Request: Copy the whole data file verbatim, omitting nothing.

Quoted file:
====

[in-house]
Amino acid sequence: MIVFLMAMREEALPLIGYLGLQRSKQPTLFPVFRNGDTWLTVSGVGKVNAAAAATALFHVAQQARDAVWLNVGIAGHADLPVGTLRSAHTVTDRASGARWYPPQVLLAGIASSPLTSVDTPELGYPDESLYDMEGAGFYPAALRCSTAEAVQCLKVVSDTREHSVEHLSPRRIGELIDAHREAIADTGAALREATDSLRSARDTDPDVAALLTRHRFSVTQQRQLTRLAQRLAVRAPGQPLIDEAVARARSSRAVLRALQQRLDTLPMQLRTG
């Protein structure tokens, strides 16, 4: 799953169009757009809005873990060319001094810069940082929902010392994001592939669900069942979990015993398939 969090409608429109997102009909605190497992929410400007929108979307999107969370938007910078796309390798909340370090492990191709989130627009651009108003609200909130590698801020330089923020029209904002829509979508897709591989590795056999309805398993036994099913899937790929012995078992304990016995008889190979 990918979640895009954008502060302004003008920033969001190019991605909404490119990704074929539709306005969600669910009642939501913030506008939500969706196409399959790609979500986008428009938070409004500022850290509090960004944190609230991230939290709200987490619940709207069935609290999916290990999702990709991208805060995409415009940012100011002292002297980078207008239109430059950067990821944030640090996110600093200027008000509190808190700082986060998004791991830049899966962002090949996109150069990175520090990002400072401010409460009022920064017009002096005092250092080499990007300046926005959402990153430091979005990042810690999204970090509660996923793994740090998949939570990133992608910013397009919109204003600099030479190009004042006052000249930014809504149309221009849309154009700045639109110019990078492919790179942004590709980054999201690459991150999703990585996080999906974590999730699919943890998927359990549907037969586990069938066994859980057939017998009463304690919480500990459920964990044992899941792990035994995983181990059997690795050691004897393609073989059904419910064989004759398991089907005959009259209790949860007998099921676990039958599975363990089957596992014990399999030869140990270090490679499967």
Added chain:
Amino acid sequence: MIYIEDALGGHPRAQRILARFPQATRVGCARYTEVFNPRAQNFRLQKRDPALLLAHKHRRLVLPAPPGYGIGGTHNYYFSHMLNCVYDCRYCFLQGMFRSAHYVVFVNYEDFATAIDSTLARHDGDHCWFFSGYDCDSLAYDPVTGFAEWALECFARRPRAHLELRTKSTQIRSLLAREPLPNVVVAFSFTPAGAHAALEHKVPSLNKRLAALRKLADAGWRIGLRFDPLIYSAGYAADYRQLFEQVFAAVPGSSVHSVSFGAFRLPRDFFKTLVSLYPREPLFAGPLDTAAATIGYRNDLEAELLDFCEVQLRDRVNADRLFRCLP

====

[in-house]
Amino acid sequence: MIVFLMAMREEALPLIGYLGLQRSKQPTLFPVFRNGDTWLTVSGVGKVNAAAAATALFHVAQQARDAVWLNVGIAGHADLPVGTLRSAHTVTDRASGARWYPPQVLLAGIASSPLTSVDTPELGYPDESLYDMEGAGFYPAALRCSTAEAVQCLKVVSDTREHSVEHLSPRRIGELIDAHREAIADTGAALREATDSLRSARDTDPDVAALLTRHRFSVTQQRQLTRLAQRLAVRAPGQPLIDEAVARARSSRAVLRALQQRLDTLPMQLRTG
């Protein structure tokens, strides 16, 4: 799953169009757009809005873990060319001094810069940082929902010392994001592939669900069942979990015993398939 969090409608429109997102009909605190497992929410400007929108979307999107969370938007910078796309390798909340370090492990191709989130627009651009108003609200909130590698801020330089923020029209904002829509979508897709591989590795056999309805398993036994099913899937790929012995078992304990016995008889190979 990918979640895009954008502060302004003008920033969001190019991605909404490119990704074929539709306005969600669910009642939501913030506008939500969706196409399959790609979500986008428009938070409004500022850290509090960004944190609230991230939290709200987490619940709207069935609290999916290990999702990709991208805060995409415009940012100011002292002297980078207008239109430059950067990821944030640090996110600093200027008000509190808190700082986060998004791991830049899966962002090949996109150069990175520090990002400072401010409460009022920064017009002096005092250092080499990007300046926005959402990153430091979005990042810690999204970090509660996923793994740090998949939570990133992608910013397009919109204003600099030479190009004042006052000249930014809504149309221009849309154009700045639109110019990078492919790179942004590709980054999201690459991150999703990585996080999906974590999730699919943890998927359990549907037969586990069938066994859980057939017998009463304690919480500990459920964990044992899941792990035994995983181990059997690795050691004897393609073989059904419910064989004759398991089907005959009259209790949860007998099921676990039958599975363990089957596992014990399999030869140990270090490679499967």
Added chain:
Amino acid sequence: MIYIEDALGGHPRAQRILARFPQATRVGCARYTEVFNPRAQNFRLQKRDPALLLAHKHRRLVLPAPPGYGIGGTHNYYFSHMLNCVYDCRYCFLQGMFRSAHYVVFVNYEDFATAIDSTLARHDGDHCWFFSGYDCDSLAYDPVTGFAEWALECFARRPRAHLELRTKSTQIRSLLAREPLPNVVVAFSFTPAGAHAALEHKVPSLNKRLAALRKLADAGWRIGLRFDPLIYSAGYAADYRQLFEQVFAAVPGSSVHSVSFGAFRLPRDFFKTLVSLYPREPLFAGPLDTAAATIGYRNDLEAELLDFCEVQLRDRVNADRLFRCLP